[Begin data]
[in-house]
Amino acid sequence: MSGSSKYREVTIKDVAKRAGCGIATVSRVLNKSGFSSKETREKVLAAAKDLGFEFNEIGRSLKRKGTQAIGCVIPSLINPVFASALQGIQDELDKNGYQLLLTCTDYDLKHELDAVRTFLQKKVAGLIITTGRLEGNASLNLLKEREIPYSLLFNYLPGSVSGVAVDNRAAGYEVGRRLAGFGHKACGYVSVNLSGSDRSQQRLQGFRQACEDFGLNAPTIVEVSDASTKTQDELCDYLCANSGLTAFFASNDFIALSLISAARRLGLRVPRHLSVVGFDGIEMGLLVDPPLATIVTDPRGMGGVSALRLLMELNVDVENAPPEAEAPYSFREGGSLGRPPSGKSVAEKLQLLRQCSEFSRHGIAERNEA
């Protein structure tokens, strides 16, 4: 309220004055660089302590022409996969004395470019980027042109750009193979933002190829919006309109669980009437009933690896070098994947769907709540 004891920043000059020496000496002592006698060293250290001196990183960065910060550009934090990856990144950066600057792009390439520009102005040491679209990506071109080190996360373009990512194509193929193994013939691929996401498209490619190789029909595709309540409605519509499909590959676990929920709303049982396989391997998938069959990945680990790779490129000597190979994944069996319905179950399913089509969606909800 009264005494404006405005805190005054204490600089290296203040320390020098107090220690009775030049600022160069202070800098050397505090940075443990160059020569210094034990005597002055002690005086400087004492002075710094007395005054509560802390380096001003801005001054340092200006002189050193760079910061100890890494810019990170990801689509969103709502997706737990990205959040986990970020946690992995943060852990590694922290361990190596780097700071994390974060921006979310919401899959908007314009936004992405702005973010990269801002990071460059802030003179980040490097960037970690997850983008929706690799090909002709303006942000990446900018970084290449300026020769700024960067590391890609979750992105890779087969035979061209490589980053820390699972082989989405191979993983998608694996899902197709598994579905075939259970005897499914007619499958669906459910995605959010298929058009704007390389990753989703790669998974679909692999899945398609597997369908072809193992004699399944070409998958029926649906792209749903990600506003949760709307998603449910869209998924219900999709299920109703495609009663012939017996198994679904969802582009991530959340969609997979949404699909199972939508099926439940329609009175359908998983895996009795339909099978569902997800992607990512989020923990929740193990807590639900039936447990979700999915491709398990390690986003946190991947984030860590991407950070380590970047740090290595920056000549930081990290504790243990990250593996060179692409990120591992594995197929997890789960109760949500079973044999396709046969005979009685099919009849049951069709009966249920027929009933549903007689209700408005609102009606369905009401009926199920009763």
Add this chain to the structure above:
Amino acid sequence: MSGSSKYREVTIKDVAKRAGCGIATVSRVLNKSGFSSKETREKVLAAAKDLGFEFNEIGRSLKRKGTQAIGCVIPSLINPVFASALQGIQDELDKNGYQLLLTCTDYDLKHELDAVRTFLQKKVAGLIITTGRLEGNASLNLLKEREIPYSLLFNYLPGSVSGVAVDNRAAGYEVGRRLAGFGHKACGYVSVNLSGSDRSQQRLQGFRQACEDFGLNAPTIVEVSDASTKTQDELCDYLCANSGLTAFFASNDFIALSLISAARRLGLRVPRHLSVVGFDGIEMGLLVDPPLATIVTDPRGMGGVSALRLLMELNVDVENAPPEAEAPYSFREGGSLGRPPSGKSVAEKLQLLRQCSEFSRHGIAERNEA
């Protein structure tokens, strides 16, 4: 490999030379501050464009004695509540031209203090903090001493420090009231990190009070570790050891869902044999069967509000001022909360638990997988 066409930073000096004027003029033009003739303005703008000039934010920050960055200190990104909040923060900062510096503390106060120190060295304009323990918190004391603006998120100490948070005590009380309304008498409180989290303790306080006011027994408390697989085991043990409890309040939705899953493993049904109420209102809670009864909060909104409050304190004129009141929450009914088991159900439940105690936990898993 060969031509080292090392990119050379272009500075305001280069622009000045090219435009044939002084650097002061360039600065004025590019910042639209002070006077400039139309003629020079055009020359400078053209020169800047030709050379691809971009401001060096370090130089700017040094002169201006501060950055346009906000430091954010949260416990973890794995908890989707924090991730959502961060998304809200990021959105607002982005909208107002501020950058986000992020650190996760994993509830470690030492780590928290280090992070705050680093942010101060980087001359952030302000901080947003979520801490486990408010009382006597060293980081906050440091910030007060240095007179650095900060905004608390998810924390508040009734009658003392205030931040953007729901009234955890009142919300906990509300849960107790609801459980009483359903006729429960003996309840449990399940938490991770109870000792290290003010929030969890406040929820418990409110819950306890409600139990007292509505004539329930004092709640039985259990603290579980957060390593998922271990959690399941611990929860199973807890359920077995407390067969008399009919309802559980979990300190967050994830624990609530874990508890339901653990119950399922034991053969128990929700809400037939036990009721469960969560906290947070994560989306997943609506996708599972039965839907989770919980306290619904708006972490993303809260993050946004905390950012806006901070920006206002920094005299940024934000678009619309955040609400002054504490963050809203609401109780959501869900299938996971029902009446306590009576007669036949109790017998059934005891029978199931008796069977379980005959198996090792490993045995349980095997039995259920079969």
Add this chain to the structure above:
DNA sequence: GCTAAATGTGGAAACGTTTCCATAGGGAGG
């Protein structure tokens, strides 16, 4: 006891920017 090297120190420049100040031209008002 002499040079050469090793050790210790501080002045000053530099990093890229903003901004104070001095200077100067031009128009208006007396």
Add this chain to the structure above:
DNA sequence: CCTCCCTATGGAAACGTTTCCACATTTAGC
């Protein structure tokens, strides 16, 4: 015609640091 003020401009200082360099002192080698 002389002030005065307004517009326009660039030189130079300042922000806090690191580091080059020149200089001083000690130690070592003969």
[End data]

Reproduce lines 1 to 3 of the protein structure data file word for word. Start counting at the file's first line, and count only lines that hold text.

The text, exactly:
[in-house]
Amino acid sequence: MSGSSKYREVTIKDVAKRAGCGIATVSRVLNKSGFSSKETREKVLAAAKDLGFEFNEIGRSLKRKGTQAIGCVIPSLINPVFASALQGIQDELDKNGYQLLLTCTDYDLKHELDAVRTFLQKKVAGLIITTGRLEGNASLNLLKEREIPYSLLFNYLPGSVSGVAVDNRAAGYEVGRRLAGFGHKACGYVSVNLSGSDRSQQRLQGFRQACEDFGLNAPTIVEVSDASTKTQDELCDYLCANSGLTAFFASNDFIALSLISAARRLGLRVPRHLSVVGFDGIEMGLLVDPPLATIVTDPRGMGGVSALRLLMELNVDVENAPPEAEAPYSFREGGSLGRPPSGKSVAEKLQLLRQCSEFSRHGIAERNEA
């Protein structure tokens, strides 16, 4: 309220004055660089302590022409996969004395470019980027042109750009193979933002190829919006309109669980009437009933690896070098994947769907709540 004891920043000059020496000496002592006698060293250290001196990183960065910060550009934090990856990144950066600057792009390439520009102005040491679209990506071109080190996360373009990512194509193929193994013939691929996401498209490619190789029909595709309540409605519509499909590959676990929920709303049982396989391997998938069959990945680990790779490129000597190979994944069996319905179950399913089509969606909800 009264005494404006405005805190005054204490600089290296203040320390020098107090220690009775030049600022160069202070800098050397505090940075443990160059020569210094034990005597002055002690005086400087004492002075710094007395005054509560802390380096001003801005001054340092200006002189050193760079910061100890890494810019990170990801689509969103709502997706737990990205959040986990970020946690992995943060852990590694922290361990190596780097700071994390974060921006979310919401899959908007314009936004992405702005973010990269801002990071460059802030003179980040490097960037970690997850983008929706690799090909002709303006942000990446900018970084290449300026020769700024960067590391890609979750992105890779087969035979061209490589980053820390699972082989989405191979993983998608694996899902197709598994579905075939259970005897499914007619499958669906459910995605959010298929058009704007390389990753989703790669998974679909692999899945398609597997369908072809193992004699399944070409998958029926649906792209749903990600506003949760709307998603449910869209998924219900999709299920109703495609009663012939017996198994679904969802582009991530959340969609997979949404699909199972939508099926439940329609009175359908998983895996009795339909099978569902997800992607990512989020923990929740193990807590639900039936447990979700999915491709398990390690986003946190991947984030860590991407950070380590970047740090290595920056000549930081990290504790243990990250593996060179692409990120591992594995197929997890789960109760949500079973044999396709046969005979009685099919009849049951069709009966249920027929009933549903007689209700408005609102009606369905009401009926199920009763």